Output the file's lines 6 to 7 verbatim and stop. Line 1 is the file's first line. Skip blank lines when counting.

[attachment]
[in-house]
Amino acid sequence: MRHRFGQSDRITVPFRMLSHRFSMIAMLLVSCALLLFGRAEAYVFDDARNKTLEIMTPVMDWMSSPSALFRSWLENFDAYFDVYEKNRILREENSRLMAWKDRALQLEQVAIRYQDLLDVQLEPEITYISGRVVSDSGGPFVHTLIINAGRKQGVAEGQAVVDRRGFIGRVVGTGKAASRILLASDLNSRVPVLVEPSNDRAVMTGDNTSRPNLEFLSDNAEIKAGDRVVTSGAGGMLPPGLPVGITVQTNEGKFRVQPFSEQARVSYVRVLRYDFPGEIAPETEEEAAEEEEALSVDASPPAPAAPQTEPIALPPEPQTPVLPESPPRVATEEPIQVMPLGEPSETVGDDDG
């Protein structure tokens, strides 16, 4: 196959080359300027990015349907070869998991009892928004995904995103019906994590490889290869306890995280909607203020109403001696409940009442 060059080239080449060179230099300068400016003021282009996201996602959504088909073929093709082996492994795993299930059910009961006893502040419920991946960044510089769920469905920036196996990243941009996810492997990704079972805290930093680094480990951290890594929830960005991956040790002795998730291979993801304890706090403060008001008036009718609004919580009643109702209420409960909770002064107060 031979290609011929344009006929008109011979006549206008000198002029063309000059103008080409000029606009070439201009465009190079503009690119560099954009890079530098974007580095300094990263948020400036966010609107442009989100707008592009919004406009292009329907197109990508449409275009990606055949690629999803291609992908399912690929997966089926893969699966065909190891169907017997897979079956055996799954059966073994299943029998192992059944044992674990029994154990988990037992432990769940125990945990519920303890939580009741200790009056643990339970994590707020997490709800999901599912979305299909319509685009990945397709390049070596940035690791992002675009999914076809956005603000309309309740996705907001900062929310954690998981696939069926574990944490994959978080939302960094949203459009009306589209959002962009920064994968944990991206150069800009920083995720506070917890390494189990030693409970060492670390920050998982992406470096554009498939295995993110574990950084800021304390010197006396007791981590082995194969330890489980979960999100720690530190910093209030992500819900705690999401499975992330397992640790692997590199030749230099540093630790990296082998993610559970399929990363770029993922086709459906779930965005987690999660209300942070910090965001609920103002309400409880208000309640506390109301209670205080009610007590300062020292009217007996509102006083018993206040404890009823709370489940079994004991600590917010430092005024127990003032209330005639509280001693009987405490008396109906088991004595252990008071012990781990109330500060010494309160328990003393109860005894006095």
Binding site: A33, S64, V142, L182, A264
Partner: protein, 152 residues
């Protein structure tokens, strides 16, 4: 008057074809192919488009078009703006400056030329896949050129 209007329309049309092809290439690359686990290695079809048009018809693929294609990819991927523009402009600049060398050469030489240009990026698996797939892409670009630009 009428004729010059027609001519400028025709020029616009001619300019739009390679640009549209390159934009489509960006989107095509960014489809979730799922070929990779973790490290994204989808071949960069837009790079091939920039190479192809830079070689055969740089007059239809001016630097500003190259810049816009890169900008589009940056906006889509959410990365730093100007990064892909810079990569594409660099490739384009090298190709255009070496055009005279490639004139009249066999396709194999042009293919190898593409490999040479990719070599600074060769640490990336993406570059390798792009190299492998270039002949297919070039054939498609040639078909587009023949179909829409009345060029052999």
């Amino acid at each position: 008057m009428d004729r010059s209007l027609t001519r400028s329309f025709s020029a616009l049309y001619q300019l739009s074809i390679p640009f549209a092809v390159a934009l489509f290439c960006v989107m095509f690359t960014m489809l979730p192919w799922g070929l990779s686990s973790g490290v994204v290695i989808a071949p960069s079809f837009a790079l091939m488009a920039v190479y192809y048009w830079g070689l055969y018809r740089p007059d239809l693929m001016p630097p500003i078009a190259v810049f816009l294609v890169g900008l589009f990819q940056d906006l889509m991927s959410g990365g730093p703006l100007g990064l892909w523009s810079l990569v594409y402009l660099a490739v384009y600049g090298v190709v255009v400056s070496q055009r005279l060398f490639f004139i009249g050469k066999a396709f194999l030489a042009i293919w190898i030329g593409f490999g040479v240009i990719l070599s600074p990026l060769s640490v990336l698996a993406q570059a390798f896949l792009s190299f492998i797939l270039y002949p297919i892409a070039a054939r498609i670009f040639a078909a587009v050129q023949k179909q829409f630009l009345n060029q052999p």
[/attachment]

């Protein structure tokens, strides 16, 4: 008057074809192919488009078009703006400056030329896949050129 209007329309049309092809290439690359686990290695079809048009018809693929294609990819991927523009402009600049060398050469030489240009990026698996797939892409670009630009 009428004729010059027609001519400028025709020029616009001619300019739009390679640009549209390159934009489509960006989107095509960014489809979730799922070929990779973790490290994204989808071949960069837009790079091939920039190479192809830079070689055969740089007059239809001016630097500003190259810049816009890169900008589009940056906006889509959410990365730093100007990064892909810079990569594409660099490739384009090298190709255009070496055009005279490639004139009249066999396709194999042009293919190898593409490999040479990719070599600074060769640490990336993406570059390798792009190299492998270039002949297919070039054939498609040639078909587009023949179909829409009345060029052999």
């Amino acid at each position: 008057m009428d004729r010059s209007l027609t001519r400028s329309f025709s020029a616009l049309y001619q300019l739009s074809i390679p640009f549209a092809v390159a934009l489509f290439c960006v989107m095509f690359t960014m489809l979730p192919w799922g070929l990779s686990s973790g490290v994204v290695i989808a071949p960069s079809f837009a790079l091939m488009a920039v190479y192809y048009w830079g070689l055969y018809r740089p007059d239809l693929m001016p630097p500003i078009a190259v810049f816009l294609v890169g900008l589009f990819q940056d906006l889509m991927s959410g990365g730093p703006l100007g990064l892909w523009s810079l990569v594409y402009l660099a490739v384009y600049g090298v190709v255009v400056s070496q055009r005279l060398f490639f004139i009249g050469k066999a396709f194999l030489a042009i293919w190898i030329g593409f490999g040479v240009i990719l070599s600074p990026l060769s640490v990336l698996a993406q570059a390798f896949l792009s190299f492998i797939l270039y002949p297919i892409a070039a054939r498609i670009f040639a078909a587009v050129q023949k179909q829409f630009l009345n060029q052999p």